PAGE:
Description: This report introduces the Coastal Louisiana Ecosystem Restoration program, and discusses whether it might have muted the impacts of hurricanes of the magnitude and paths of Katrina or Rita and whether the devastation caused by both hurricanes might cause the Corps to consider different restoration options.
Date: November 18, 2005
Creator: Zinn, Jeffrey
Partner: UNT Libraries Government Documents Department

Coastal Louisiana Ecosystem Restoration After Hurricanes Katrina and Rita

Description: Prior to Hurricanes Katrina and Rita, the U.S. Army Corps of Engineers had been seeking congressional approval for a $1.1 billion multi-year program to both construct five projects that would help to restore specified sites in the coastal wetland ecosystem in Louisiana, and to continue planning several other related projects. The state of Louisiana and several federal agencies have participated in the development of this program. This report introduces this program and restoration options that are being discussed in the wake of the hurricanes. It also discusses whether this program, if completed, might have muted the impacts of these hurricanes.
Date: March 17, 2006
Creator: Zinn, Jeffrey A.
Partner: UNT Libraries Government Documents Department

Coastal Louisiana Ecosystem Restoration After Hurricanes Katrina and Rita

Description: Prior to Hurricanes Katrina and Rita, the U.S. Army Corps of Engineers had been seeking congressional approval for a $1.1 billion multi-year program to both construct five projects that would help to restore specified sites in the coastal wetland ecosystem in Louisiana, and to continue planning several other related projects. The state of Louisiana and several federal agencies have participated in the development of this program. This report introduces this program and restoration options that are being discussed in the wake of the hurricanes. It also discusses whether this program, if completed, might have muted the impacts of these hurricanes.
Date: May 4, 2006
Creator: Zinn, Jeffrey A.
Partner: UNT Libraries Government Documents Department

Transplanting native dominant plants to facilitate community development in restored coastal plain wetlands.

Description: Abstract: Drained depressional wetlands are typically restored by plugging ditches or breaking drainage tiles to allow recovery of natural ponding regimes, while relying on passive recolonization from seed banks and dispersal to establish emergent vegetation. However, in restored depressions of the southeastern United States Coastal Plain, certain characteristic rhizomatous graminoid species may not recolonize because they are dispersal-limited and uncommon or absent in the seed banks of disturbed sites. We tested whether selectively planting such wetland dominants could facilitate restoration by accelerating vegetative cover development and suppressing non-wetland species. In an operational-scale project in a South Carolina forested landscape, drained depressional wetlands were restored in early 2001 by completely removing woody vegetation and plugging surface ditches. After forest removal, tillers of two rhizomatous wetland grasses (Panicum hemitomon, Leersia hexandra) were transplanted into singlespecies blocks in 12 restored depressions that otherwise were revegetating passively. Presence and cover of all plant species appearing in planted plots and unplanted control plots were recorded annually. We analyzed vegetation composition after two and four years, during a severe drought (2002) and after hydrologic recovery (2004). Most grass plantings established successfully, attaining 15%–85% cover in two years. Planted plots had fewer total species and fewer wetland species compared to control plots, but differences were small. Planted plots achieved greater total vegetative cover during the drought and greater combined cover of wetland species in both years. By 2004, planted grasses appeared to reduce cover of non-wetland species in some cases, but wetter hydrologic conditions contributed more strongly to suppression of non-wetland species. Because these two grasses typically form a dominant cover matrix in herbaceous depressions, our results indicated that planting selected species could supplement passive restoration by promoting a vegetative structure closer to that of natural wetlands.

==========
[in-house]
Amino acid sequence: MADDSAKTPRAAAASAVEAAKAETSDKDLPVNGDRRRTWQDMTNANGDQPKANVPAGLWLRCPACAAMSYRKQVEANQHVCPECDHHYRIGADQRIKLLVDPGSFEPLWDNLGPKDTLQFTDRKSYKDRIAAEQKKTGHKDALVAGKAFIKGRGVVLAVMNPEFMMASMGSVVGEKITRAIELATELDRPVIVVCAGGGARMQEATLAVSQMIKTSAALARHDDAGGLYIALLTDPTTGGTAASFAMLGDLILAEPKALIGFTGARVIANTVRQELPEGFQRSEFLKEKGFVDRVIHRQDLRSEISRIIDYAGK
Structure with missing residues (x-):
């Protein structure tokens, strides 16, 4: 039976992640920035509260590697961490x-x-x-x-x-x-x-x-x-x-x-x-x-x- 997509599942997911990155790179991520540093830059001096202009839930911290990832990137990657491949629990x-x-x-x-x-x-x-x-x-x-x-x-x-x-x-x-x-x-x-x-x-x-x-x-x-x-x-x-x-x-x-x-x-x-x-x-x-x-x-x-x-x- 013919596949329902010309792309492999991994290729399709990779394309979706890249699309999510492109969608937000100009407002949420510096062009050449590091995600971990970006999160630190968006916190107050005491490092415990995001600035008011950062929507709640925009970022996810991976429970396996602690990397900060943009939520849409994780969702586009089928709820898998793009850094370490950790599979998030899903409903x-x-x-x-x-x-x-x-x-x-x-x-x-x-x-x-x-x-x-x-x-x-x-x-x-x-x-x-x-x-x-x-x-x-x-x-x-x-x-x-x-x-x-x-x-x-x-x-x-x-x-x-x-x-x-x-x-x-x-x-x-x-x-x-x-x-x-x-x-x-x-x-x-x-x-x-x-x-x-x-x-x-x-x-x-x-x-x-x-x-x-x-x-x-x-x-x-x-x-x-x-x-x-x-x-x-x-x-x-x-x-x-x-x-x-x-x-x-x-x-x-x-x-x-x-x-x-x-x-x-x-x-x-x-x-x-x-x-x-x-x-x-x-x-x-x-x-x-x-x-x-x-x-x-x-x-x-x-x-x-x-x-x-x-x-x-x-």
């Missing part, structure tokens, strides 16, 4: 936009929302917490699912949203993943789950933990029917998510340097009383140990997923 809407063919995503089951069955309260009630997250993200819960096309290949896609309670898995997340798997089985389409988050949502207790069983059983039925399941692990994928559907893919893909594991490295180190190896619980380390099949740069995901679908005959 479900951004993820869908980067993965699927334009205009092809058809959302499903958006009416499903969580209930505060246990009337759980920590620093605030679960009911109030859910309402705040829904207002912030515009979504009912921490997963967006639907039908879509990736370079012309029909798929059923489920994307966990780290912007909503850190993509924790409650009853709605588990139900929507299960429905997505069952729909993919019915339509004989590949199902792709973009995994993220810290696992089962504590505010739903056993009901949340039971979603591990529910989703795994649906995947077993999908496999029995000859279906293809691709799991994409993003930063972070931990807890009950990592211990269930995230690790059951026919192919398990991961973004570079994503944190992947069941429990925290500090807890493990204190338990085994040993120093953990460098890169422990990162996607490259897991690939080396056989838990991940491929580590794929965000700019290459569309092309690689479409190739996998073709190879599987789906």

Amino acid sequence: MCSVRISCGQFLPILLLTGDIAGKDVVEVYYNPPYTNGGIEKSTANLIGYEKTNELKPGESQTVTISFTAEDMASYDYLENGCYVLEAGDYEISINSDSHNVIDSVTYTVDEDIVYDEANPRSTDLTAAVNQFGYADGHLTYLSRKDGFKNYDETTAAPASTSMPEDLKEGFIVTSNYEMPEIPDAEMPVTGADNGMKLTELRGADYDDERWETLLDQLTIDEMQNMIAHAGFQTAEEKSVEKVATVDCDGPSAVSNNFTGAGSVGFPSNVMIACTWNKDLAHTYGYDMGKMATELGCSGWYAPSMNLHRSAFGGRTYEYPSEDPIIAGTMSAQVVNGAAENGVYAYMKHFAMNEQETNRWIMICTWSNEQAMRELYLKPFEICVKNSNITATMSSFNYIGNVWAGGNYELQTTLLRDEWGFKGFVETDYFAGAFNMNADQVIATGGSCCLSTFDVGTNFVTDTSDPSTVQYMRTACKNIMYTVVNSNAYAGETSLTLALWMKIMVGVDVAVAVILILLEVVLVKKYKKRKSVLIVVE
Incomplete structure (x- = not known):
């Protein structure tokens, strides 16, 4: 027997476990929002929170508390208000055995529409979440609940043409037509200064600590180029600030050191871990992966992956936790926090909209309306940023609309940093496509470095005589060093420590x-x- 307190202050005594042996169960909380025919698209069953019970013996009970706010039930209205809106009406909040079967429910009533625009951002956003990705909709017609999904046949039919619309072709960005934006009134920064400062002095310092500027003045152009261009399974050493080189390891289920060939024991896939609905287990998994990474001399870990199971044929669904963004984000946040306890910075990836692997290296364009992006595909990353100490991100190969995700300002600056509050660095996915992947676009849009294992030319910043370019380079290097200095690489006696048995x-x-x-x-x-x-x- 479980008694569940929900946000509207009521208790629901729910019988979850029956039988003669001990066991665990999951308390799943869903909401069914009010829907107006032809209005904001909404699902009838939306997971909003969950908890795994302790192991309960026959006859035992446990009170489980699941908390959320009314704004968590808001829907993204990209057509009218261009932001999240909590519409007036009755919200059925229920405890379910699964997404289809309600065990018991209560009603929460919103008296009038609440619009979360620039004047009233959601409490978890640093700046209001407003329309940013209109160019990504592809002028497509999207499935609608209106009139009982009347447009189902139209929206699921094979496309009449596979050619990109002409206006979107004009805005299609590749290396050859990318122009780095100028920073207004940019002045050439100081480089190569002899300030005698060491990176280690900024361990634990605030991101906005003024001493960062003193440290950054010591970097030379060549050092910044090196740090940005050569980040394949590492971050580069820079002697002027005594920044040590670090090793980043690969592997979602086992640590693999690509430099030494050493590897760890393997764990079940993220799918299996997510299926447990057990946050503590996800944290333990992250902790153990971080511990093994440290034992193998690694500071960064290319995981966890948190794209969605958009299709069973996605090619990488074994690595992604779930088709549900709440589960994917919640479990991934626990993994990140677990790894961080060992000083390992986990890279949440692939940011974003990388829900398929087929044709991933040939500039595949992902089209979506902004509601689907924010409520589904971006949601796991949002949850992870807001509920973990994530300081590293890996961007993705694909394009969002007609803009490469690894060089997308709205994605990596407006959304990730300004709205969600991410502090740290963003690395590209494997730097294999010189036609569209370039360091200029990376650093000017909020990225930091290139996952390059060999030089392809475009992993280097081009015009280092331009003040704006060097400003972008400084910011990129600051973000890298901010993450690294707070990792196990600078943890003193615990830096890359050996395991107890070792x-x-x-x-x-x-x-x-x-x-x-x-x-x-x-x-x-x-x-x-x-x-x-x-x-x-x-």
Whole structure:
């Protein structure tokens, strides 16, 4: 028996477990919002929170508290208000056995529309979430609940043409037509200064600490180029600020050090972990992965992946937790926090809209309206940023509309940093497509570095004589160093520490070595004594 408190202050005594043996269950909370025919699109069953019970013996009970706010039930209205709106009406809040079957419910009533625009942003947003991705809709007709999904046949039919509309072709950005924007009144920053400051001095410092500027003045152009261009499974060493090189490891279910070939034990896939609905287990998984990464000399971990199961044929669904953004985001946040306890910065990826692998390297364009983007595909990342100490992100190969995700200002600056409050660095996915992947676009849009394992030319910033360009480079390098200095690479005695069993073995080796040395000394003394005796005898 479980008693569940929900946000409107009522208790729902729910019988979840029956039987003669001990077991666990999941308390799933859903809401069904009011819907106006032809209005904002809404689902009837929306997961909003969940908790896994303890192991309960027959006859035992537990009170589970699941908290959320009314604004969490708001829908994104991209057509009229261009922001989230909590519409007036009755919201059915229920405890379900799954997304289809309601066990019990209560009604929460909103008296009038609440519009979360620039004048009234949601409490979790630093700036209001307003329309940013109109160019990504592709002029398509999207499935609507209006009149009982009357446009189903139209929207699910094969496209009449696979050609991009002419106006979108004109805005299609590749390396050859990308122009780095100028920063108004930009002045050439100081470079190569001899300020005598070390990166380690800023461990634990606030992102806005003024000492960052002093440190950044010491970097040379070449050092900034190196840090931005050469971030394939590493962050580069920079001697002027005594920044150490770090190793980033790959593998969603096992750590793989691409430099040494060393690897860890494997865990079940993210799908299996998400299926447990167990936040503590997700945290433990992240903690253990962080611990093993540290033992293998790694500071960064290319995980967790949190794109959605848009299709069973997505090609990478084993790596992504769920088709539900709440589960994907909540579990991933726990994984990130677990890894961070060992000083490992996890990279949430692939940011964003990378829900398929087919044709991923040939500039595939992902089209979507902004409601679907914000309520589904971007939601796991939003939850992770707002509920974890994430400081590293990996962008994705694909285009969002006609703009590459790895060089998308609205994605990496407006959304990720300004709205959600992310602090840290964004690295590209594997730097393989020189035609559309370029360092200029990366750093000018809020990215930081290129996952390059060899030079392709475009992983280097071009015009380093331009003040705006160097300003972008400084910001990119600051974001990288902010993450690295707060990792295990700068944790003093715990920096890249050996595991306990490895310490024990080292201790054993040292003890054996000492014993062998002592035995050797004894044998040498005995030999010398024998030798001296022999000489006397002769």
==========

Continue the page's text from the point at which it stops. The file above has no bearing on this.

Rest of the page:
Date: December 1, 2007
Creator: De Steven, Diane & Sharitz, Rebecca R.
Partner: UNT Libraries Government Documents Department

Influence of soil physicochemical properties on hydrology and restoration response in Carolina Bay wetlands.

Description: Carolina Bays are shallow depression wetlands found in the southeast US that have been severely altered by human activity. The need to restore these complex and diverse systems is well established, but our understanding of basic wetland hydrological processes is limited, hence our ability to predict the need for and/or assess the effectiveness of bay restorations is hindered. Differing physicochemical properties of soils within bay interiors may control bay hydrology. However, previous efforts to establish relationships between soil characteristics and bay hydrology have been inconclusive and the question still remains as to why some bays are ponded throughout the year while others, within a similar landscape unit, are predominantly dry. An assessment of soil and hydrologic characteristics was initiated in restored and unrestored control bays to determine if a relationship exists. Soil morphology was described and permanent monitoring wells were installed at each site. Soil samples were collected by horizon to a depth of 2 meters at the topographic center of each site, and then analyzed. After three years, multiple regression analysis (stepwise backward and forward) was used to establish relationships between the soil physicochemical characteristics and bay hydroperiod in the undisturbed sites. Results from surface soils indicated that exchangeable acidity (EA) was the best single predictor of hydrology. The best double predictor was EA and total N and EA, total N and total C as the best triple predictor. A significant relationship (r2 = 0.96) between hydroperiod and clay content in the argillic horizon (Bt) was also observed. Subsequently, this relationship was utilized to predict hydrologic response using pre-restoration hydroperiod data. The model accurately identified sites that did not need hydrologic restoration (too wet), and effectively showed sites that responded well to restoration activities.
Date: April 1, 2006
Creator: Barton, C. D.; Andrews, D.M. & Kolka, R.K.
Partner: UNT Libraries Government Documents Department